Terry: Only what the FAA has released, and there’s been a lot of pushback—even from members of Senate. New Zealand recently released what their notice of proposed rulemaking is, and that’s one that just came up the last couple of days. And we think that that one’s going to be closely related, so we’re looking closely at that. But the FAA has already hinted to the fact they’re going to require a pilot’s license under 400 feet, distances from airports similar to what most people assume is proper operation right now, or within the guidelines of the AMA—a Class G air space—but time will tell. We’ll see how restrictive it is, how reasonable it is, and if it’s something it’s something that will stifle an industry or help grow an industry.

Keith: Yeah, well..

Denise: Great, so… Go ahead, Keith.

Keith: Denise, one of the nuances of the regulations that I think people are waiting to see is whether the FAA requires a line of sight to the drone, and this is very important, because if there’s one pilot per drone, and you need line of sight to that machine, that fundamentally lowers the order of magnitude of impact. Is what it prevents is essentially a drone fleet. Now I know when I say “drone fleet” it elicits images of drone armies and all sorts of negative things, and ‘Wow, who wants drone fleets, anyway?’ But, actually, what we do want, is we want to scale the adoption and use of these disruptive technologies to create value, and it’s hard to do that if you need one pilot per drone. And so some of the more interesting companies that have come out in the last year or two that have been funded by very big D.C. firms in Silicon Valley, which as it turns out, have been sort of ground zero for a lot of innovation in the space in California, that is.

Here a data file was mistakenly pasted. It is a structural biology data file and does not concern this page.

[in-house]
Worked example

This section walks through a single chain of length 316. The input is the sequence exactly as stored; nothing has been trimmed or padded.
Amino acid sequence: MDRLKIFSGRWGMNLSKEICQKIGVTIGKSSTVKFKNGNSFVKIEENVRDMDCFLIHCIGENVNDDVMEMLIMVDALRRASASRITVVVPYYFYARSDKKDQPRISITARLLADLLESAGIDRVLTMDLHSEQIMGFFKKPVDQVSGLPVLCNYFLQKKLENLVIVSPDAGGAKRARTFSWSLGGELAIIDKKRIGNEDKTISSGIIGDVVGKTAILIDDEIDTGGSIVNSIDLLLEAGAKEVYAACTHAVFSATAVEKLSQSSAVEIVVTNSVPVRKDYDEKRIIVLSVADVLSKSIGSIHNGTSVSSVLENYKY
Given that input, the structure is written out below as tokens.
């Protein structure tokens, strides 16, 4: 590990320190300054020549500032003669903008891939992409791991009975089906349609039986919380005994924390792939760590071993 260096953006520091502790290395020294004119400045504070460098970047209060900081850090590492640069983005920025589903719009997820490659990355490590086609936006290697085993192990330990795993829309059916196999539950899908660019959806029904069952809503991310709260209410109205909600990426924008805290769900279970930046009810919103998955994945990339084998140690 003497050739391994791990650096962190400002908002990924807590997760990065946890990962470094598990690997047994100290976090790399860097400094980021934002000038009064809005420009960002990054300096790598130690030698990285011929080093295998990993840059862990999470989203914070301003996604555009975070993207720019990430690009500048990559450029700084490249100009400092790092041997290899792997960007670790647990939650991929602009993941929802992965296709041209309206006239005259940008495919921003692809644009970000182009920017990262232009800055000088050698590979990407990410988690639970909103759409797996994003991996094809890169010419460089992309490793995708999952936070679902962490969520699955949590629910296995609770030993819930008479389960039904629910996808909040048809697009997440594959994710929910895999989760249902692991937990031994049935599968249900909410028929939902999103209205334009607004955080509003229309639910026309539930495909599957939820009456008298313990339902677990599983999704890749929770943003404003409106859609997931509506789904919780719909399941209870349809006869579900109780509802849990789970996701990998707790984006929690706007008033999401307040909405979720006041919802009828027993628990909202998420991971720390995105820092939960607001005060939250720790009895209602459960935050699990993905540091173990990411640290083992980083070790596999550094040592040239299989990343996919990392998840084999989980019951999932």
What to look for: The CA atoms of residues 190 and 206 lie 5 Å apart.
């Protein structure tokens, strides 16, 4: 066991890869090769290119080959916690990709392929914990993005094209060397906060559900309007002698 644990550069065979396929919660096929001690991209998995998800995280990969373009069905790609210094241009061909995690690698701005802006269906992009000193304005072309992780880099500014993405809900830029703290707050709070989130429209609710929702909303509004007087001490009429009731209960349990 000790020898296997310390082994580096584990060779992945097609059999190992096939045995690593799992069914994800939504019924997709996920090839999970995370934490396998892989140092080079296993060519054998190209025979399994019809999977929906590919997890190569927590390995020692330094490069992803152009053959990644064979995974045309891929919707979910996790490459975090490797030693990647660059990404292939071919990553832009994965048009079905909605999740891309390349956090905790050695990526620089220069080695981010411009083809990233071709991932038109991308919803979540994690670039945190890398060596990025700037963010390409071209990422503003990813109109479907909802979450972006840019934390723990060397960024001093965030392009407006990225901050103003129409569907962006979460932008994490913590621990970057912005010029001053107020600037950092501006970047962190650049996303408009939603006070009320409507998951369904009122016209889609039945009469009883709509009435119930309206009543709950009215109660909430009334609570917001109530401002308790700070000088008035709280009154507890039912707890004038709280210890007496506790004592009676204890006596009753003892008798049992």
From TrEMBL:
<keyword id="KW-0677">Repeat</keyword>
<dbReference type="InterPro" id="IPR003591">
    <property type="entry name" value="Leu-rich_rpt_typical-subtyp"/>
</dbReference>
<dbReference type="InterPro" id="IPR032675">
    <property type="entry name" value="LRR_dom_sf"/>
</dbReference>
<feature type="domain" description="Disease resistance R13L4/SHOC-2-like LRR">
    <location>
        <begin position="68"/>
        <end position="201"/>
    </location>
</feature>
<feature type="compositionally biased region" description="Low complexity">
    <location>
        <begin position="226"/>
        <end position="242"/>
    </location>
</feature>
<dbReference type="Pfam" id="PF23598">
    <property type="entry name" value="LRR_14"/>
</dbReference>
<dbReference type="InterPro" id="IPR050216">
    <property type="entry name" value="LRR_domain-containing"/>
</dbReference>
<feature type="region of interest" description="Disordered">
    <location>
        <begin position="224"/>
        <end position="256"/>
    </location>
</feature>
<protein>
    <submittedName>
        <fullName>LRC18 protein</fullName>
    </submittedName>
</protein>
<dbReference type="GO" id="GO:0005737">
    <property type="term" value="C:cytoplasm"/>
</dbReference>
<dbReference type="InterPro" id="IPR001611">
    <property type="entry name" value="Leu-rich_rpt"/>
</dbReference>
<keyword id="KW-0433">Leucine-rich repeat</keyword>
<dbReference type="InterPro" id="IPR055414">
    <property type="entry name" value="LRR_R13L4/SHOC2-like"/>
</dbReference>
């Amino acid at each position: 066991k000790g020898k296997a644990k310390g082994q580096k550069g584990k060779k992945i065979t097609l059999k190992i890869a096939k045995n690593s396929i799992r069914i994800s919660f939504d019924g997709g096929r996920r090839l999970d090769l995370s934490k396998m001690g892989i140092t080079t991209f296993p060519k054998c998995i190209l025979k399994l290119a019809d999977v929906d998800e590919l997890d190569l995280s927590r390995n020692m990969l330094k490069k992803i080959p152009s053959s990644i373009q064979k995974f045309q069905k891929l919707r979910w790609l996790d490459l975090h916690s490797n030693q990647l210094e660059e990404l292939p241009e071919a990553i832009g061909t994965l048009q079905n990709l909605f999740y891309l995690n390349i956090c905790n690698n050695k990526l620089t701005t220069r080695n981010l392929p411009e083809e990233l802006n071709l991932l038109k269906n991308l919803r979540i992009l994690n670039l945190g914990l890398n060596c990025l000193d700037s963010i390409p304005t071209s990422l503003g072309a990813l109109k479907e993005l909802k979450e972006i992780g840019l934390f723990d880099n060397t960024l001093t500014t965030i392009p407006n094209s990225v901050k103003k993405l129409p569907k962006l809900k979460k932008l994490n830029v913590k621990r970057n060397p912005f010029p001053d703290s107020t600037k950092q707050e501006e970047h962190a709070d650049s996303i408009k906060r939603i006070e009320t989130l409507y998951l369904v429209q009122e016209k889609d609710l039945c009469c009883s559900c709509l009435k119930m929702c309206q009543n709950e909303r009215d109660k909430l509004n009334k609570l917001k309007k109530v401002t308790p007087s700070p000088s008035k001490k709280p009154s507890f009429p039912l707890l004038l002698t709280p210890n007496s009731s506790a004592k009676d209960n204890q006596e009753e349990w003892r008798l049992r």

Some of these companies are focusing specifically on building the infrastructure—the Cloud infrastructure—to manage fleets of drones that enable you to sit here in a sort of command center. Some kind of drone operating center. Some kind of central area where you might have drones situated, say, up along an oil pipeline, or perhaps out on various oil rigs on the Gulf of Mexico. You know, whatever the industrial application is, and able to manage and operate those remotely, number one, and through the cloud, say 4G-equipped drones, for example. As well as to have more than one pilot or one operator, managing more than one at a time, which enables that scale. So that is only one of a number of the line items that will be coming out in the regulations, but that line of sight requirement does restrict the ability to survey larger pieces of land. You know, in agriculture for example, if you have to physically see that drone, then it can only go so far, right?

So there’s the black-and-white sort of binary applications.  You know—can you do this?  Can you actually fly them? Which is a real positive development, right?  The good news is that any regulations that come out start to provide certainty and clarity around what is the art of the possible, and we don’t have that now. So it’s fundamentally all banned, right? So, that’s good. But that line of sight requirement or that one pilot, one drone requirement –that’s going to directly impact how quickly the industry can scale all sorts of industrial uses. So it will be very interesting to see how that plays out.

Denise: Yeah, maybe that will be area where the consideration—David mentioned a minute ago, whether you’re on your own property or not—would come into play. Of course pipelines and things go over lots of property and the pipeline operator doesn’t necessarily own it. And I don’t know if that would solve it, but it does seem like you could at minimum perhaps, David, say that things like line of sight or one operator-one drone might have less of a concern if somebody is operating on their own vast ranch or wherever else you might have a bunch of land and want to be flying drones. Do you think that could be the case?